She said the names they used last time were too disgusting, but Bill and Bob insisted that they were the kind of things children like.

You can add a teaspoon of sugar or honey to each recipe if you have a sweet tooth.





Blend together:


Half punnet of raspberries

1 banana

1 small cherry yoghurt

1 teaspoon honey




Blend together:


Half punnet of blueberries

Half punnet of raspberries

1 small fruits of the forest yoghurt

1 teaspoon honey








1 tin pineapple (drain the juice off into the juice jug first)

2 small carrots







1 small tin of pears in syrup (drain the syrup off into the juice jug first)

Half punnet of green seedless grapes

4 ripe kiwis

(This recipe is for two people or one very thirsty person)







2 apples


Blend together:


The apple juice you have just made

Half punnet blueberries

1 teaspoon honey

½ teaspoon cinnamon





They also have an extra joke this week about a biscuit – to go with your tea!


Bill and Bob’s Joke with a cup of teajokejoke


Bill: Why do gingerbread men wear trousers?


Bob: l don’t know. Why do gingerbread men wear trousers?


Bill: Because they have crummy legs!


Bob: l think this biscuit found our joke funny Bill!




 And of course we all have one more message for you… smile1 (2)



seasons greetings











Quick Quiz


Do you know the meaning of these phrases?


  1. my cup of tea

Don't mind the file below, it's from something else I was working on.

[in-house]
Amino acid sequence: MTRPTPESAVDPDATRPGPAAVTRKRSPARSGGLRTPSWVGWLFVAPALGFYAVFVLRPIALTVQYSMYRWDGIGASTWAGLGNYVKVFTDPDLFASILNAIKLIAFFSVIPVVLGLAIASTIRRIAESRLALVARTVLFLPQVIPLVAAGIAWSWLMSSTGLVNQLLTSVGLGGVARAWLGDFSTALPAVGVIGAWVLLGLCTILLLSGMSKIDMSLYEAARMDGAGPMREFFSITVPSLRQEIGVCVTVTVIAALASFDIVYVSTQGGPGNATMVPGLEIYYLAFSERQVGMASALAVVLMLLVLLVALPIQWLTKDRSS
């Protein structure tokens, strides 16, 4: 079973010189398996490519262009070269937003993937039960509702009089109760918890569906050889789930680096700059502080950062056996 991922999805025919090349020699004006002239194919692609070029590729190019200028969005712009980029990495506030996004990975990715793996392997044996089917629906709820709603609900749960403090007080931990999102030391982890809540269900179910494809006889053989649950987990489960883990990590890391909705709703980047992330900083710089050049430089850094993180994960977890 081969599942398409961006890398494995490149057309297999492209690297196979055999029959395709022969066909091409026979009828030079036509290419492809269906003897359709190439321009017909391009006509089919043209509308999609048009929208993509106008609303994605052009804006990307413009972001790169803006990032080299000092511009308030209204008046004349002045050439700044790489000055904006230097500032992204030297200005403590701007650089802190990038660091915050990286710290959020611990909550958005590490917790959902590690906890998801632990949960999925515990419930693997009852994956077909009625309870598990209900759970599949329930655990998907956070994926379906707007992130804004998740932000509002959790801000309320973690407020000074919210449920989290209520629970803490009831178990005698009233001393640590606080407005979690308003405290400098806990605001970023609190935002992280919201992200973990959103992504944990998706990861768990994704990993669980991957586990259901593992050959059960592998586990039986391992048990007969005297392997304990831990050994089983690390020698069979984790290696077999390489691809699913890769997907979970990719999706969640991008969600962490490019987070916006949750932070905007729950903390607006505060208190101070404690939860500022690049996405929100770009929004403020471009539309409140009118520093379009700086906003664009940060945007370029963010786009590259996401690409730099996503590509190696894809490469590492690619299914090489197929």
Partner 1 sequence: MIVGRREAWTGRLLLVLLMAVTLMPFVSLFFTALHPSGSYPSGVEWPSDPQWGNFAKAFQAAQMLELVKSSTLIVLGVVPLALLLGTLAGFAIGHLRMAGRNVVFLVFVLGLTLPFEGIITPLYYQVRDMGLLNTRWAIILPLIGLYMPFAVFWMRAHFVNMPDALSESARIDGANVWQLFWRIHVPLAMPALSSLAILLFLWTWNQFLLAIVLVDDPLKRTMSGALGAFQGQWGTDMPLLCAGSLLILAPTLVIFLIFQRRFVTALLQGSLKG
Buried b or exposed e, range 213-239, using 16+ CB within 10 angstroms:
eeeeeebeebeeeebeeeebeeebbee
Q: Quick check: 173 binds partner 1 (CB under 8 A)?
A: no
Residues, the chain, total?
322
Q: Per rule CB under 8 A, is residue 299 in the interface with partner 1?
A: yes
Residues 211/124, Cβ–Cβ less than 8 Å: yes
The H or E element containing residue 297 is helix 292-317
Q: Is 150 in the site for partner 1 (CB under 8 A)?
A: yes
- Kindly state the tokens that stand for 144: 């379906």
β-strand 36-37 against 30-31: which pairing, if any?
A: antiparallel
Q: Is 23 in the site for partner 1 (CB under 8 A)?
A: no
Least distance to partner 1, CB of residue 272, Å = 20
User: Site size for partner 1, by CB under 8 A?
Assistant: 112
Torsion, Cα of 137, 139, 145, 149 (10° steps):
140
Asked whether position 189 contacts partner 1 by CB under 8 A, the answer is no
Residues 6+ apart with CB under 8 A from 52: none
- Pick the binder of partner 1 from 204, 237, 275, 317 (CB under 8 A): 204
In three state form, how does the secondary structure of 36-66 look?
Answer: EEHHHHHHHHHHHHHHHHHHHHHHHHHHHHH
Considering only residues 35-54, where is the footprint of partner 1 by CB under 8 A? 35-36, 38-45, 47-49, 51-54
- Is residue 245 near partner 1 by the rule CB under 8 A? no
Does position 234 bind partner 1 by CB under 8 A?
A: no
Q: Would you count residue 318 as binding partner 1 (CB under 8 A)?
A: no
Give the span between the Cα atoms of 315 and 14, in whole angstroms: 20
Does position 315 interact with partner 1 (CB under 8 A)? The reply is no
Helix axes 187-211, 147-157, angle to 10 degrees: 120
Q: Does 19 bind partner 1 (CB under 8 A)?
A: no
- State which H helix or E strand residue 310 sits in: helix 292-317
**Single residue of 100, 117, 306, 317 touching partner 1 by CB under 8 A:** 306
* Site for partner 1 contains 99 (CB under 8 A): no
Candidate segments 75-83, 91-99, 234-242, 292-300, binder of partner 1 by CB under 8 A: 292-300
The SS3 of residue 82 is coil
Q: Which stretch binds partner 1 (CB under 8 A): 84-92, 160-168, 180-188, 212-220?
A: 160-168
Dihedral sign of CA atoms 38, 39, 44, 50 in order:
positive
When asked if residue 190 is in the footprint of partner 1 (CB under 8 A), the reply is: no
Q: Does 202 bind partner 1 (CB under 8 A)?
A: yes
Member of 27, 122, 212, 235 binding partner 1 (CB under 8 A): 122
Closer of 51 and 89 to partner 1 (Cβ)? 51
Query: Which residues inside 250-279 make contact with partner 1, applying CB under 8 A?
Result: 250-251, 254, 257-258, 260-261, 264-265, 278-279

2. not for all the tea in China
  3. a storm in a teacup
  4. the pot calling the kettle black
  5. there’s many a slip ‘twixt cup and lip











Salty Sam fans can join in with their comments and share them with children all over the world. You will need to ask permission if you are not an adult.

Enter your e-mail address to subscribe to my blog and receive new Salty Sam Blog Posts for free by e-mail every week. Your address will be kept private and will not be shared with any third party.

Sign me up at the side bar









lt’s the Weekend!







It looks like this doll is having a holiday in the sun this year!



Using 3½mm knitting needles and white dk yarn cast on 26 stitches


Purl 1 row

Purl 1 row


Knit 1 row


Purl 1 row


Knit 1 row


Purl 1 row

Purl 1 row

Purl 1 row

Purl 1 row

Purl 1 row


Knit 26 rows of stocking stitch


Purl 1 row

Purl 1 row


Knit 1 row


Purl 1 row


Knit 1 row


Purl 1 row

Purl 1 row


Knit 1 row


Cast off loosely



Decorate the bottom channel with beads.

Over-sew the back seam.


*Over-sew all seams to reduce bulk.




Please note that the material on this blog is for personal use and for use in classrooms only.

It is a copyright infringement and, therefore, illegal under international law to sell items made with these patterns.

Use of the toys and projects is at your own risk.

©Christina Sinclair Designs 2015sand





Quick Quiz Answers


  1. my cup of tea – the kind of thing l like
  2. not for all the tea in China – not at all/not for any reward (l wouldn’t do it for all the tea in China)
  3. a storm in a teacup – a fuss made over an unimportant matter
  4. the pot calling the kettle black – someone who is criticizing someone else for doing something that he does himself (old cooking pots used over a fire all went black eventually – you might know this kind of kettle as a cauldron)
  5. there’s many a slip ‘twixt cup and lip – plans can go wrong before they are completed




An old kettlescroll

  • isp says:

    *WONDERFUL Post.thanks for share. .. 😉

  • Atwell says:

    This site is my inspiration , rattling wonderful layout and perfect subject material.

  • Bret Samuels says:

    This website is really a stroll-by way of for all of the info you wished about this and didn’t know who to ask. Glimpse right here, and also you’ll definitely uncover it.

  • Leave a Reply

    Your email address will not be published. Required fields are marked *